I had onigiri again the next day, and the day after that... 

The third day, we found a little shop in Takayama. We were starving, and the restaurant we were planning to go to was closed. My four-person walking group was about done walking, we were so hungry and tired, and when we finally saw the tiny little man and wife in the tiny little shop, we felt like celebrating.

We tried to make him understand that we wanted four onigiri, two with salmon, two with rice only, for out two vegetarians. My friend "C" and I struggled with our Japanese.

Me: Anou... {Ummm...} Ni? sake to onigiri kudasai? {Two (wrong form of number) onigiri with salmon?}
Man: *looked amused* Futatsu sake to? {Two (correct form of number) with salmon?}
Me: Yeah, hai, hai.
C: Chotto matte kudasai {Wait a minute, please}. To... futatsu onigiri.... gohan dake... {And...two onigiri... rice only}
Me:  Yeah, gohan only...

Finally, we got it across what we wanted. I waited for him to hand us some prepackaged onigiri, but it was to my surprise when he and his wife went to the back of the shop and began to make them by hand.

They were handed back to us in clear plastic takeout containers. We embarrassedly thanked the shopkeepers, and sat down on spindly chairs at a little table outside the booth/store. We bit into our onigiri. They were probably the best thing we'd tasted on the trip so far; the rice was still warm; the salmon seemed freshly cooked and seasoned. It was delicious.

Almost six months later, my craving for the salty delight became so overwhelming that I just had to have it again. I tried a packaged one, but it was disgusting. So, I decided to make it myself. With the help of a friend who also went to Japan with her own school, we used the molds I bought two months ago at Daiso Japan.

So, here is our rough procedure:

Cook some sushi rice according to the package (don't add anything to it; onigiri usually is made with plain rice).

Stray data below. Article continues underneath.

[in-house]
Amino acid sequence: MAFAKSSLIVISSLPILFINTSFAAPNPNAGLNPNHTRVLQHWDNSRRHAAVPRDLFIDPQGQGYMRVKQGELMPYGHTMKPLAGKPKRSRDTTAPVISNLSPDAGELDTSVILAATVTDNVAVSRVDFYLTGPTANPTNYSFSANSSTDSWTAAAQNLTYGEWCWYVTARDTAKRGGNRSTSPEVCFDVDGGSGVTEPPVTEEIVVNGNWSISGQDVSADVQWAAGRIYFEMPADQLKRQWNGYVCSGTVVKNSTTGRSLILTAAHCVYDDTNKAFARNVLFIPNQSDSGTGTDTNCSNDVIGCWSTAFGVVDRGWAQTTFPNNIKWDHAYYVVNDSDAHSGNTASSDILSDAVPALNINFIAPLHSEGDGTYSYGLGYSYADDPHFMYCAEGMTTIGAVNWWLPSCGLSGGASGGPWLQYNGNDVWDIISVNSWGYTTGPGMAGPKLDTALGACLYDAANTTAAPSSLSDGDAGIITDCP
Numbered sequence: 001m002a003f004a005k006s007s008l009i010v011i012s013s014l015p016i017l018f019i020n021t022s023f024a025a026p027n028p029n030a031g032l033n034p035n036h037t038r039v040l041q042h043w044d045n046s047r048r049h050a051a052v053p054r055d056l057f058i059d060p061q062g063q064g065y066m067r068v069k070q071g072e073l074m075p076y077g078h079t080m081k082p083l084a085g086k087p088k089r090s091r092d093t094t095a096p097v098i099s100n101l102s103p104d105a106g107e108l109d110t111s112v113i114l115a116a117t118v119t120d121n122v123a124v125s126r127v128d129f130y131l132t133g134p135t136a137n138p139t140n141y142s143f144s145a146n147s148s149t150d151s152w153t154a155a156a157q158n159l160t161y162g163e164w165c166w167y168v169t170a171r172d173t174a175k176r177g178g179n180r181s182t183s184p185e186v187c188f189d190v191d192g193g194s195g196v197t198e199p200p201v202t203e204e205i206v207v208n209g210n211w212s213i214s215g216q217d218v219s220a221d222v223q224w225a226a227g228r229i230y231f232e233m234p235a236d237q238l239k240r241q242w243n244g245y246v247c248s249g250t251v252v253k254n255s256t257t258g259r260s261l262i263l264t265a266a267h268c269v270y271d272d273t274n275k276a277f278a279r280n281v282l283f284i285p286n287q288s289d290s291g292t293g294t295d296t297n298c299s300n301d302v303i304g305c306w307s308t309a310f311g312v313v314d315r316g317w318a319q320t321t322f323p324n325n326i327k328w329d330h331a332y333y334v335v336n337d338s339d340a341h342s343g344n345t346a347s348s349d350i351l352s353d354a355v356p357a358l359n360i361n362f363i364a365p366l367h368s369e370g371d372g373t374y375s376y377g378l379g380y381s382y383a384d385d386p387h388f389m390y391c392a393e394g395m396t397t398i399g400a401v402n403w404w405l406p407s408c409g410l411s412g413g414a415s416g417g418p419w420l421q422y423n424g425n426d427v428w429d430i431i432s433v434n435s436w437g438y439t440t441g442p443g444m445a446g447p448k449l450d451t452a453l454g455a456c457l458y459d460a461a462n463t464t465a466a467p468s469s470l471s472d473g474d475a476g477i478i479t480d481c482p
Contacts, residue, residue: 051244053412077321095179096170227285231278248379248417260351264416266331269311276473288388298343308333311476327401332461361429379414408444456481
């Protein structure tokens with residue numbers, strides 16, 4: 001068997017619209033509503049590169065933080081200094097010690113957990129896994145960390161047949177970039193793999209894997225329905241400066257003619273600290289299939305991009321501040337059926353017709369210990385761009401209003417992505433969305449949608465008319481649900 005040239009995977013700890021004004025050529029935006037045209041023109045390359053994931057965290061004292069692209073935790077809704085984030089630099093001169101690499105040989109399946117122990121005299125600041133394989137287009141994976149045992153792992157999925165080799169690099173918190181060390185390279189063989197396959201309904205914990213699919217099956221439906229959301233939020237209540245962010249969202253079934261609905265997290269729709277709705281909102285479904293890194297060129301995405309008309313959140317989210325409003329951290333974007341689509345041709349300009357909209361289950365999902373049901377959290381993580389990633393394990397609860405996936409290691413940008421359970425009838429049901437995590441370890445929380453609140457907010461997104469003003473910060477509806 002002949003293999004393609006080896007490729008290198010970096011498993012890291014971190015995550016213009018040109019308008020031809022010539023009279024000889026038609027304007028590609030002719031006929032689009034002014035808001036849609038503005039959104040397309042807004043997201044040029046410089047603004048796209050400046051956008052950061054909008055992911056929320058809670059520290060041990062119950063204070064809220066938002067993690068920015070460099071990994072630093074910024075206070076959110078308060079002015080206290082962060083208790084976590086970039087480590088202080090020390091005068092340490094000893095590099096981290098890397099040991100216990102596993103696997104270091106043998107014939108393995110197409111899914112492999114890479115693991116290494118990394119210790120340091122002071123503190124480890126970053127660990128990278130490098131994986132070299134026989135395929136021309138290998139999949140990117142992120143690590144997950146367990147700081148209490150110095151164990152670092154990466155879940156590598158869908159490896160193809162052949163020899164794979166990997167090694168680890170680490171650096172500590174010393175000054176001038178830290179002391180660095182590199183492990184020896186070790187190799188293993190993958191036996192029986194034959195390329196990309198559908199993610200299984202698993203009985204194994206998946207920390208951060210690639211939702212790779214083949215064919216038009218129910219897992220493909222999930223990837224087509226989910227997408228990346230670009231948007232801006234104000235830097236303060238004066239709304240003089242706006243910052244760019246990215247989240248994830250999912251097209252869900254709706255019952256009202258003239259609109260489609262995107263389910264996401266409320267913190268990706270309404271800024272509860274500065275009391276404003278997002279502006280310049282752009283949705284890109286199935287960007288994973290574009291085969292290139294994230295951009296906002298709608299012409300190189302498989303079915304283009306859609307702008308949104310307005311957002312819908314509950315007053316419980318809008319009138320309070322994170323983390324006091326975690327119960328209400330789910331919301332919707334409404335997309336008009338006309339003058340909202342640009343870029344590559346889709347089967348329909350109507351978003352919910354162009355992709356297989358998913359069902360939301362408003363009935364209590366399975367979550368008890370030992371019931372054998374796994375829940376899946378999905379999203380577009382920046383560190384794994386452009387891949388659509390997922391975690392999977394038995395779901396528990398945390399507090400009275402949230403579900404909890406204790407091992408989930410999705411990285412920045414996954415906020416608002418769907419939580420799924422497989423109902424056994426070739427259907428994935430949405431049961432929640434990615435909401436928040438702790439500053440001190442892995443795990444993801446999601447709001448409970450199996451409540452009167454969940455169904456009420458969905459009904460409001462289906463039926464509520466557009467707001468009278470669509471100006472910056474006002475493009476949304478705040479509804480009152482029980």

Put about a tablespoon of butter on a glass baking dish and place in a hunk of salmon. Salt generously, and bake in a 350 or 400º oven (can't remember which, sorry)

Once the salmon is fully cooked, about 10 minutes, let it cool. Then flake it into a bowl.

Place some rice in the bottom of a mold and top it with about a tablespoon of salmon. Cover the rest with rice. Replace the lid of the mold and press. Unmold, and wrap in nori (seaweed).

You can shape these by hand, but this is much easier. Itadakimasu! (Japanese version of bon appètit)

Tuesday, August 19, 2008

What Can I Say...

My mom is having a proper luncheon, and asked me to bake some bread for it (probably not because I'm any better than her, but just because she had enough going on already). The luncheon will feature a multitude of salads: curried chicken salad, cucumber salad, fruit salad, then my bread and butter and cookies (if we can find some to bake at the last minute).

I decided do stand by an old friend, and bake some Rosemary Raisin Bread, but without the raisins. However, I used rosemary from my own garden! Whoohoo! (Please understand: I am awful at gardening, but I love herbs. It is a happy day when my five new plants actually get water, and don't almost die before I resuscitate them) I haven't tasted the bread yet, but just HAD to post these pictures:

By the by... I draw, too

Well, what can I say?

It was just so perfect and cute. Cute bread, perfect bread... Or, in Japanese: かわいいパン!

I actually kissed it once. It was that adorable.